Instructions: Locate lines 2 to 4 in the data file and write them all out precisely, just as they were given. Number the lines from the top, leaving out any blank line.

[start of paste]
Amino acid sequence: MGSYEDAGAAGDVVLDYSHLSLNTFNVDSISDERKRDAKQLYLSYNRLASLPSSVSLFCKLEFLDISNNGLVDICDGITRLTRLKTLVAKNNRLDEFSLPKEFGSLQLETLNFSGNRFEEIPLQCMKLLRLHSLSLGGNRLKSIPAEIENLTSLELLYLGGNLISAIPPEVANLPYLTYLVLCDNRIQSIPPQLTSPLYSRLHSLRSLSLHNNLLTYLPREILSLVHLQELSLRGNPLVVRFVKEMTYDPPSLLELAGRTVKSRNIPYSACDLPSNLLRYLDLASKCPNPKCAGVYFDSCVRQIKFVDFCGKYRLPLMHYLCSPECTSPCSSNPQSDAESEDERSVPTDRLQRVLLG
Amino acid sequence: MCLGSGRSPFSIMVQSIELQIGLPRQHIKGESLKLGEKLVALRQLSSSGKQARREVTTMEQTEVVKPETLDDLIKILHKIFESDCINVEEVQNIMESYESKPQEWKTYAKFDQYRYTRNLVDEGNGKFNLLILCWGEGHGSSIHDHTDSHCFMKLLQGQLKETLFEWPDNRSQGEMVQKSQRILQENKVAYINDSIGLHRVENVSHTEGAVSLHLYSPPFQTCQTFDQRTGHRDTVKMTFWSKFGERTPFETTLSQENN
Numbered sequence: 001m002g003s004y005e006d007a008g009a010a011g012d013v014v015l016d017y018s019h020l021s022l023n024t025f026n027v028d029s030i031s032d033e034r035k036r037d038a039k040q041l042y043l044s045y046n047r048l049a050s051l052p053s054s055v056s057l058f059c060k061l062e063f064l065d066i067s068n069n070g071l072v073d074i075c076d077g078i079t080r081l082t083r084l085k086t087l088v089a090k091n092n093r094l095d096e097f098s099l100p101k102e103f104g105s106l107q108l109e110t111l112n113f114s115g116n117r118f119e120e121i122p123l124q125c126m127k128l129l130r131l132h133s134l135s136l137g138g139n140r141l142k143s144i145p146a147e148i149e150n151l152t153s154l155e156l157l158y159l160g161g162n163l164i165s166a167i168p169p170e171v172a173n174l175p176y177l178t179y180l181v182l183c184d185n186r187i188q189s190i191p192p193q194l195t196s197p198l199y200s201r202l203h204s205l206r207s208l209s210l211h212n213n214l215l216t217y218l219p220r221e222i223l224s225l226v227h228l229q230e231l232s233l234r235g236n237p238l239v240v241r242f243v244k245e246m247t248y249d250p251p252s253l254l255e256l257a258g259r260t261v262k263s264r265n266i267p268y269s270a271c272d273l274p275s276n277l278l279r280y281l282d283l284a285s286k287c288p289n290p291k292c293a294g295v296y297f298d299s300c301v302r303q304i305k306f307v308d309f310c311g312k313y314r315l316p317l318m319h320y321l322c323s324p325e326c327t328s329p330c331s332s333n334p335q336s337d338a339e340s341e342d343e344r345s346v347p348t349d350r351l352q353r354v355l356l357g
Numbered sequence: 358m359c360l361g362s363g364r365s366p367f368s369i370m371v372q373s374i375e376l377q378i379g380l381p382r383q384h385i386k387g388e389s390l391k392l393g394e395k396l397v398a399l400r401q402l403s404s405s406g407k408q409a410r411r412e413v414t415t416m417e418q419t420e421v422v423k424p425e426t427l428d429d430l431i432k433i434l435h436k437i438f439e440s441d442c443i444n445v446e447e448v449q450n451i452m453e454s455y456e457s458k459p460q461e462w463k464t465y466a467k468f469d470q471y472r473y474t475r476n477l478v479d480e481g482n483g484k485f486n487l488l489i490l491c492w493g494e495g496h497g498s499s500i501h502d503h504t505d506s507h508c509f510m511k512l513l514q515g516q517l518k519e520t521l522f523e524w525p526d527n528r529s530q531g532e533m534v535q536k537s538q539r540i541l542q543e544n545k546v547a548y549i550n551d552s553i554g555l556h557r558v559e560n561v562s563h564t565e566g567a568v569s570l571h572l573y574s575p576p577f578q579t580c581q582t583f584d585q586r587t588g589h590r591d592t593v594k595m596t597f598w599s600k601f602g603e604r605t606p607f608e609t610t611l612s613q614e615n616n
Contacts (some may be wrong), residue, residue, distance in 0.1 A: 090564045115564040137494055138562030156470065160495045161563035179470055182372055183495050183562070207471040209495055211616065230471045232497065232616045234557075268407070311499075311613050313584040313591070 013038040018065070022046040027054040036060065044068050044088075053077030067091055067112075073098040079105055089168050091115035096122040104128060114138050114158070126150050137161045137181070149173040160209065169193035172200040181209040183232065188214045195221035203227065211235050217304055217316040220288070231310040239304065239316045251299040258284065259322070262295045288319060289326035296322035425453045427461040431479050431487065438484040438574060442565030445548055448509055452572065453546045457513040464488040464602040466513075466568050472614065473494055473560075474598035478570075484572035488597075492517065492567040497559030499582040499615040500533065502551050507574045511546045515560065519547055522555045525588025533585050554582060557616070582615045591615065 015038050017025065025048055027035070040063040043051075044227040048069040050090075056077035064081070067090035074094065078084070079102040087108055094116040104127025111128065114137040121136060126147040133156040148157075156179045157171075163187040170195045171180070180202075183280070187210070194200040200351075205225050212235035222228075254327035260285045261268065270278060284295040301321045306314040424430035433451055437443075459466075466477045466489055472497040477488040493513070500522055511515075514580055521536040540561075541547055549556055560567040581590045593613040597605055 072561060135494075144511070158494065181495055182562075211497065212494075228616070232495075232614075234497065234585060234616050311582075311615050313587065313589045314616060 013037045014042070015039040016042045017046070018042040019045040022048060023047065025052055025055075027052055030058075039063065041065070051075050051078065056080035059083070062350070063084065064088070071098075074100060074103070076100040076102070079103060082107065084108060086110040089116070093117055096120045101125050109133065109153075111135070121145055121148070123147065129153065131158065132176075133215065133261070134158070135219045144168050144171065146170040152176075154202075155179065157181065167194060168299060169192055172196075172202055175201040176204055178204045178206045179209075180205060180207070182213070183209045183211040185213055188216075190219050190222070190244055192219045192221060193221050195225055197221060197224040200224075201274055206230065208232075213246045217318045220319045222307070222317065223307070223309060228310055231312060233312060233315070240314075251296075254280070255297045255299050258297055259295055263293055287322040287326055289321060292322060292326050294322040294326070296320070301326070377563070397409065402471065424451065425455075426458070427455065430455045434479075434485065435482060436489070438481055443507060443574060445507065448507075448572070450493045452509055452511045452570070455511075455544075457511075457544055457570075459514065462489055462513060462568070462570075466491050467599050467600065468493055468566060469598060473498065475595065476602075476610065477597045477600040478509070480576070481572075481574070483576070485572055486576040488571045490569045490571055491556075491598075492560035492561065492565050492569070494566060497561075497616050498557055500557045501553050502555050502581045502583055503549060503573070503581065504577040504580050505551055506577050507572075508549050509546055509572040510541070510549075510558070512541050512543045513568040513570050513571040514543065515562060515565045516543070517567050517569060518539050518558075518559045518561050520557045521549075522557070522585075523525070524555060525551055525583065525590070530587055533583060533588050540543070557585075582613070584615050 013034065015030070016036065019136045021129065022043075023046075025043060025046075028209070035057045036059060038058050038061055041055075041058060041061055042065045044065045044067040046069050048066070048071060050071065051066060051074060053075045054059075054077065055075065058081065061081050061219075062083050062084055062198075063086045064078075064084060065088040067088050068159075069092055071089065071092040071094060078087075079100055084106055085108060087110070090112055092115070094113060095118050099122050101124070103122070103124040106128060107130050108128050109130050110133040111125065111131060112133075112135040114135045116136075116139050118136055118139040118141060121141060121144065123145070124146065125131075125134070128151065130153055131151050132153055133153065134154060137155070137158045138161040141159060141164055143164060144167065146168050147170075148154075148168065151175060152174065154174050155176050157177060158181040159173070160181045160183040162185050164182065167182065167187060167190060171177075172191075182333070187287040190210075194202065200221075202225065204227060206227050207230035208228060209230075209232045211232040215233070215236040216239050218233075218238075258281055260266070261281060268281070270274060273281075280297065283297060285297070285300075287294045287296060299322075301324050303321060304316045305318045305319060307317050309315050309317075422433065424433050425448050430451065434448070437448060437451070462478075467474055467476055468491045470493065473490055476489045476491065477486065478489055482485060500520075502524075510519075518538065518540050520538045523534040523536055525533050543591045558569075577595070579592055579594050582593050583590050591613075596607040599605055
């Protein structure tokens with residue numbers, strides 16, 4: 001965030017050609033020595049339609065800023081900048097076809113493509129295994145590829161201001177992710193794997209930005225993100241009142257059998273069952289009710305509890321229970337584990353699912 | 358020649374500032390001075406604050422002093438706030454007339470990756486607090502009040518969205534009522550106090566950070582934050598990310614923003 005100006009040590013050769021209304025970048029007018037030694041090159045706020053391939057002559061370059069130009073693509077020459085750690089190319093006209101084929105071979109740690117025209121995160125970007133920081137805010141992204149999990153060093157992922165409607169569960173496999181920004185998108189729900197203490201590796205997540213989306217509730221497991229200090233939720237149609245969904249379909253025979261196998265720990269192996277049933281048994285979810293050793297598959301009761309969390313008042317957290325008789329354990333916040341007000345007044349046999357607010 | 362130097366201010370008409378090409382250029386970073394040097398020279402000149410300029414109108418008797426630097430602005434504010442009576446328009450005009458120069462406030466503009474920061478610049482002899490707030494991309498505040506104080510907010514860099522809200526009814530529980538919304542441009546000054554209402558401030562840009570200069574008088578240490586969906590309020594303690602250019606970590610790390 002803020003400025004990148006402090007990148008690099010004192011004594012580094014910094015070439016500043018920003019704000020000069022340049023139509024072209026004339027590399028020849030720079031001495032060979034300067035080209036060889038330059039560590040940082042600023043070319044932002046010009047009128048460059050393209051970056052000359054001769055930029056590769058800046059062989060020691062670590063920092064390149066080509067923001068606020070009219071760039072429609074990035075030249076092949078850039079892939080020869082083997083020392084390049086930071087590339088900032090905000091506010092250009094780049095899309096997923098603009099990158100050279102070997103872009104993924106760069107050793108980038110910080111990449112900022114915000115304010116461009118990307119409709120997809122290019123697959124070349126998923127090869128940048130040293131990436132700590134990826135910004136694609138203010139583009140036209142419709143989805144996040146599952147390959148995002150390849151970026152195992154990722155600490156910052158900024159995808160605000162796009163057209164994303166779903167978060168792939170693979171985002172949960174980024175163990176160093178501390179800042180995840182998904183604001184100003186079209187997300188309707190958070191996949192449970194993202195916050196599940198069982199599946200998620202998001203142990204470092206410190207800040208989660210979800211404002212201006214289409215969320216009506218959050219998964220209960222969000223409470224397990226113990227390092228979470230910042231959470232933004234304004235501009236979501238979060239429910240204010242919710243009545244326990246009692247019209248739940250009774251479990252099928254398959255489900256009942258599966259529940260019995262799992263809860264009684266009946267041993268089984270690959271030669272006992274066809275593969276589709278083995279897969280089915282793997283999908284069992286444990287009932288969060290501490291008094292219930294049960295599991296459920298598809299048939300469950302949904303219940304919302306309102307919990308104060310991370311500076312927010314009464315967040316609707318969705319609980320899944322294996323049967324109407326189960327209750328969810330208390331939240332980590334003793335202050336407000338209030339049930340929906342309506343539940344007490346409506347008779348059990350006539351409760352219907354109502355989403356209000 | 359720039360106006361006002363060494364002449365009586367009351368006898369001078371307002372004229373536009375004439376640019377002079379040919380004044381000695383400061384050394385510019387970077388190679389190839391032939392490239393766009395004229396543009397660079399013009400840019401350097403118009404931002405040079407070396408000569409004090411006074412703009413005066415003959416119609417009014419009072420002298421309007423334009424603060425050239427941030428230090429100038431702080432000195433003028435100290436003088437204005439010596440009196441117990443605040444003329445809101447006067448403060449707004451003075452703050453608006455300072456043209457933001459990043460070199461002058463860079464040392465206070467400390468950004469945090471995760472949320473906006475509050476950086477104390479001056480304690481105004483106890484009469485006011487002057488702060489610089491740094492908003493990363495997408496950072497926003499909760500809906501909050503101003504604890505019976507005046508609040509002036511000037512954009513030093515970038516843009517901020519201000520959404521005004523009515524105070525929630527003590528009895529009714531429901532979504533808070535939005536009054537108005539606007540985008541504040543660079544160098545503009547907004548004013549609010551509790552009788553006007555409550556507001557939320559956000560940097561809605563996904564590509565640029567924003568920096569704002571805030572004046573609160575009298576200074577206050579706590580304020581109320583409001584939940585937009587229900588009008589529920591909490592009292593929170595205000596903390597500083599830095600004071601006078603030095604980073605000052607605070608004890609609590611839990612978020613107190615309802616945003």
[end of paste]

Amino acid sequence: MCLGSGRSPFSIMVQSIELQIGLPRQHIKGESLKLGEKLVALRQLSSSGKQARREVTTMEQTEVVKPETLDDLIKILHKIFESDCINVEEVQNIMESYESKPQEWKTYAKFDQYRYTRNLVDEGNGKFNLLILCWGEGHGSSIHDHTDSHCFMKLLQGQLKETLFEWPDNRSQGEMVQKSQRILQENKVAYINDSIGLHRVENVSHTEGAVSLHLYSPPFQTCQTFDQRTGHRDTVKMTFWSKFGERTPFETTLSQENN
Numbered sequence: 001m002g003s004y005e006d007a008g009a010a011g012d013v014v015l016d017y018s019h020l021s022l023n024t025f026n027v028d029s030i031s032d033e034r035k036r037d038a039k040q041l042y043l044s045y046n047r048l049a050s051l052p053s054s055v056s057l058f059c060k061l062e063f064l065d066i067s068n069n070g071l072v073d074i075c076d077g078i079t080r081l082t083r084l085k086t087l088v089a090k091n092n093r094l095d096e097f098s099l100p101k102e103f104g105s106l107q108l109e110t111l112n113f114s115g116n117r118f119e120e121i122p123l124q125c126m127k128l129l130r131l132h133s134l135s136l137g138g139n140r141l142k143s144i145p146a147e148i149e150n151l152t153s154l155e156l157l158y159l160g161g162n163l164i165s166a167i168p169p170e171v172a173n174l175p176y177l178t179y180l181v182l183c184d185n186r187i188q189s190i191p192p193q194l195t196s197p198l199y200s201r202l203h204s205l206r207s208l209s210l211h212n213n214l215l216t217y218l219p220r221e222i223l224s225l226v227h228l229q230e231l232s233l234r235g236n237p238l239v240v241r242f243v244k245e246m247t248y249d250p251p252s253l254l255e256l257a258g259r260t261v262k263s264r265n266i267p268y269s270a271c272d273l274p275s276n277l278l279r280y281l282d283l284a285s286k287c288p289n290p291k292c293a294g295v296y297f298d299s300c301v302r303q304i305k306f307v308d309f310c311g312k313y314r315l316p317l318m319h320y321l322c323s324p325e326c327t328s329p330c331s332s333n334p335q336s337d338a339e340s341e342d343e344r345s346v347p348t349d350r351l352q353r354v355l356l357g
Numbered sequence: 358m359c360l361g362s363g364r365s366p367f368s369i370m371v372q373s374i375e376l377q378i379g380l381p382r383q384h385i386k387g388e389s390l391k392l393g394e395k396l397v398a399l400r401q402l403s404s405s406g407k408q409a410r411r412e413v414t415t416m417e418q419t420e421v422v423k424p425e426t427l428d429d430l431i432k433i434l435h436k437i438f439e440s441d442c443i444n445v446e447e448v449q450n451i452m453e454s455y456e457s458k459p460q461e462w463k464t465y466a467k468f469d470q471y472r473y474t475r476n477l478v479d480e481g482n483g484k485f486n487l488l489i490l491c492w493g494e495g496h497g498s499s500i501h502d503h504t505d506s507h508c509f510m511k512l513l514q515g516q517l518k519e520t521l522f523e524w525p526d527n528r529s530q531g532e533m534v535q536k537s538q539r540i541l542q543e544n545k546v547a548y549i550n551d552s553i554g555l556h557r558v559e560n561v562s563h564t565e566g567a568v569s570l571h572l573y574s575p576p577f578q579t580c581q582t583f584d585q586r587t588g589h590r591d592t593v594k595m596t597f598w599s600k601f602g603e604r605t606p607f608e609t610t611l612s613q614e615n616n